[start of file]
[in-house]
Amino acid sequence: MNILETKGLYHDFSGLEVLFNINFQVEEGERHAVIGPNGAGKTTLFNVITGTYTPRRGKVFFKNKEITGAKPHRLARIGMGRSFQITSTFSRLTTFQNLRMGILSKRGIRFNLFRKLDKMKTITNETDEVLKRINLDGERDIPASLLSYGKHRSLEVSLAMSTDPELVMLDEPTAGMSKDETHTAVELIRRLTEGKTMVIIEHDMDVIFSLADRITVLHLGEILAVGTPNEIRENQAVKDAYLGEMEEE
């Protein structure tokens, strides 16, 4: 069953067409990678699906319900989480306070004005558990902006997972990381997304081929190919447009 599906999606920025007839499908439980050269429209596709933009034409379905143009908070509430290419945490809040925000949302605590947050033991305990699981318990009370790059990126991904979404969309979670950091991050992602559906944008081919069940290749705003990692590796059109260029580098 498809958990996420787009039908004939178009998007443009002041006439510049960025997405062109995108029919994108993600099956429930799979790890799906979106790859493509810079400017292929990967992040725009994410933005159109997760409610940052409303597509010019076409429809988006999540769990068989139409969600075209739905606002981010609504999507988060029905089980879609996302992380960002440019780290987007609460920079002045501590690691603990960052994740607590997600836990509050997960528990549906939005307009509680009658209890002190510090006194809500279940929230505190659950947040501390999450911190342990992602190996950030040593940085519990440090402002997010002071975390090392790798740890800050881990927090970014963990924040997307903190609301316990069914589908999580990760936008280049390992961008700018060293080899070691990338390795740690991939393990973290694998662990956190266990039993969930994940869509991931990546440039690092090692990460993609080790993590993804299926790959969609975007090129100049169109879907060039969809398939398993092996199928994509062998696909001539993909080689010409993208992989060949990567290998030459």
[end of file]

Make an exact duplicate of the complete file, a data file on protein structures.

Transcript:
[in-house]
Amino acid sequence: MNILETKGLYHDFSGLEVLFNINFQVEEGERHAVIGPNGAGKTTLFNVITGTYTPRRGKVFFKNKEITGAKPHRLARIGMGRSFQITSTFSRLTTFQNLRMGILSKRGIRFNLFRKLDKMKTITNETDEVLKRINLDGERDIPASLLSYGKHRSLEVSLAMSTDPELVMLDEPTAGMSKDETHTAVELIRRLTEGKTMVIIEHDMDVIFSLADRITVLHLGEILAVGTPNEIRENQAVKDAYLGEMEEE
């Protein structure tokens, strides 16, 4: 069953067409990678699906319900989480306070004005558990902006997972990381997304081929190919447009 599906999606920025007839499908439980050269429209596709933009034409379905143009908070509430290419945490809040925000949302605590947050033991305990699981318990009370790059990126991904979404969309979670950091991050992602559906944008081919069940290749705003990692590796059109260029580098 498809958990996420787009039908004939178009998007443009002041006439510049960025997405062109995108029919994108993600099956429930799979790890799906979106790859493509810079400017292929990967992040725009994410933005159109997760409610940052409303597509010019076409429809988006999540769990068989139409969600075209739905606002981010609504999507988060029905089980879609996302992380960002440019780290987007609460920079002045501590690691603990960052994740607590997600836990509050997960528990549906939005307009509680009658209890002190510090006194809500279940929230505190659950947040501390999450911190342990992602190996950030040593940085519990440090402002997010002071975390090392790798740890800050881990927090970014963990924040997307903190609301316990069914589908999580990760936008280049390992961008700018060293080899070691990338390795740690991939393990973290694998662990956190266990039993969930994940869509991931990546440039690092090692990460993609080790993590993804299926790959969609975007090129100049169109879907060039969809398939398993092996199928994509062998696909001539993909080689010409993208992989060949990567290998030459």